A Personal Pilgrimage – Woman of Inspiration
On Easter Sunday evening I set my feet on a pilgrim path to Dublin as one of 27 Mercy ministry leaders and Sisters participating in the second part of the leadership program, “Mercy the Business of our Lives” facilitated by the Mercy Ethos team.
In the first part of the program we were given a quote from Macrina Wiederkehr (Behold Your Life, page 11), about Pilgrimage:
‘A pilgrimage is a ritual journey with a hallowed purpose…it is a transformational journey during which significant change takes place. New and old places in the heart are visited. Blessings are received and healing takes place…’
During the program in Dublin we spent time in the ‘thin places’ of Catherine’s story, those places in which it is possible to encounter her spirit as we depthed the foundational Mercy story. I found myself returning a number of times to a ‘place in the heart’, St Teresa’s church, in Clarendon Street, to contemplate the plaque on the wall of the church where the names of the first thirteen Sisters of Mercy who died (between 1831 and 1840) are recorded. These Sisters are buried in the crypt below the church. No wonder Catherine wrote: ‘The tomb is never closed in my regard.’ I wondered again about these women who literally gave their lives to Mercy and of Catherine’s losses, as so many of them died in those early days in the House of Mercy. The story of one of these women, M. de Chantal McCann, has ‘touchpoints’ with my own story of Mercy and of life, such that she is an inspiration to me.
I was first introduced to de Chantal McCann’s story by Sister Mary Duffy when I did a retreat that focussed on the Correspondence of Catherine McAuley, during my ‘novitiate.’ Mary drew my attention to the fact that I was not the first mother to enter the Sisters of Mercy. In the earliest days there was a Sister of Mercy who had a child at the time she entered the Baggot Street community in October 1832.
Mary Jane Frances (Mary) de Chantal McCann was the widow of Doctor John McCann, a Dublin physician who had attended the sick in the House of Mercy. (Perhaps de Chantal became familiar with Catherine and her Sisters through her husband’s care of them at the Baggot Street House.) Mary had a ten year old daughter, Kate, whom she enrolled in the boarding school of the Loreto Sisters a few days after her entrance. The child died soon after of whooping cough. (see notes, page 67, Correspondence of Catherine McAuley). I have two daughters, Melanie, and Jenni. Jenni died in 1982, aged seven. De Chantal and I share the common experience of the loss of a beloved child.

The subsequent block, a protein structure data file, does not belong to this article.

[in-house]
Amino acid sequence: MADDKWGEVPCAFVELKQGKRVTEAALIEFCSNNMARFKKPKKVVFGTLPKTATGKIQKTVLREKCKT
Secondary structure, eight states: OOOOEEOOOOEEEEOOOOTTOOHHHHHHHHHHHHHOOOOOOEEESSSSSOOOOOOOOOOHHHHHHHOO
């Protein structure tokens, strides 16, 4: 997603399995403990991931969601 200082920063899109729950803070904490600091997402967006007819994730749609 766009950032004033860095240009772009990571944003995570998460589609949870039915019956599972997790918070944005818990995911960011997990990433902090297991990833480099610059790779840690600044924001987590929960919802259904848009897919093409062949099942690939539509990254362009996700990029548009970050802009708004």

Very few facts are known about M. de Chantal’s life story, other than the references to her in Catherine’s correspondence and the information about her which the archivist at Mercy International recently gave me when I told her of my interest in this Mercy woman’s story. Reading between the lines, a story emerges of a woman with a generous heart and spirit and a remarkable trust in God’s providence, such that she gave her inheritance as a widow as her dowry, thus enabling Catherine to purchase the Kingstown house, initially as a place where Sisters could convalesce after illness. This despite that her mother had cautioned her against handing over all she possessed…..making it impossible to ever command one shilling, her mother told her she ought to have some security, as many persons were of the opinion this house would not be established-and said to her, ‘What would you do then?’ She answered, ‘Wouldn’t I have my sweet Lord?’… Tho’ we may not often have the consolation to meet such noble universal disengagement as hers-yet a spirit directly opposite, I humbly hope will never make its abode amongst us. (Catherine in letter 283, to Sister Mary Ann Doyle, dated July 24 1841, page 418, Correspondence) Perhaps such ‘noble disengagement’ is to be sought after! This ability to risk all, for the sake of the mission, is inspirational to me, and drew me back to St Teresa’s church to reflect on this Mercy woman’s courageous spirit and faith.
Catherine further described de Chantal as ‘innocent’; she wrote to Angela Dunne about de Chantal’s death: She had quite a saintly death ( she had made her Profession in July 1835, and died at Kingstown in October 1837), continually repeating aloud-My God I love you-forgive me and take me to yourself. The Physicians were astonished. (page 114, The Correspondence of Catherine McAuley) One senses that Catherine was deeply affected by the deaths of these Sisters when she continues to Angela Dunne: I have not been able to write or do much since I returned. On the second day I went to Kingstown to console them on the loss of their lively dear companion.
M de Chantal McCann, this ‘lively dear companion’, who risked all and gave all, holds a special place in my heart. She was named in the litany at my Final Profession in 2012. In Dublin in 2014, she companioned me on a pilgrimage of the heart to integrate her story of Mercy and my own.
Messages to: Helen Glasheen rsm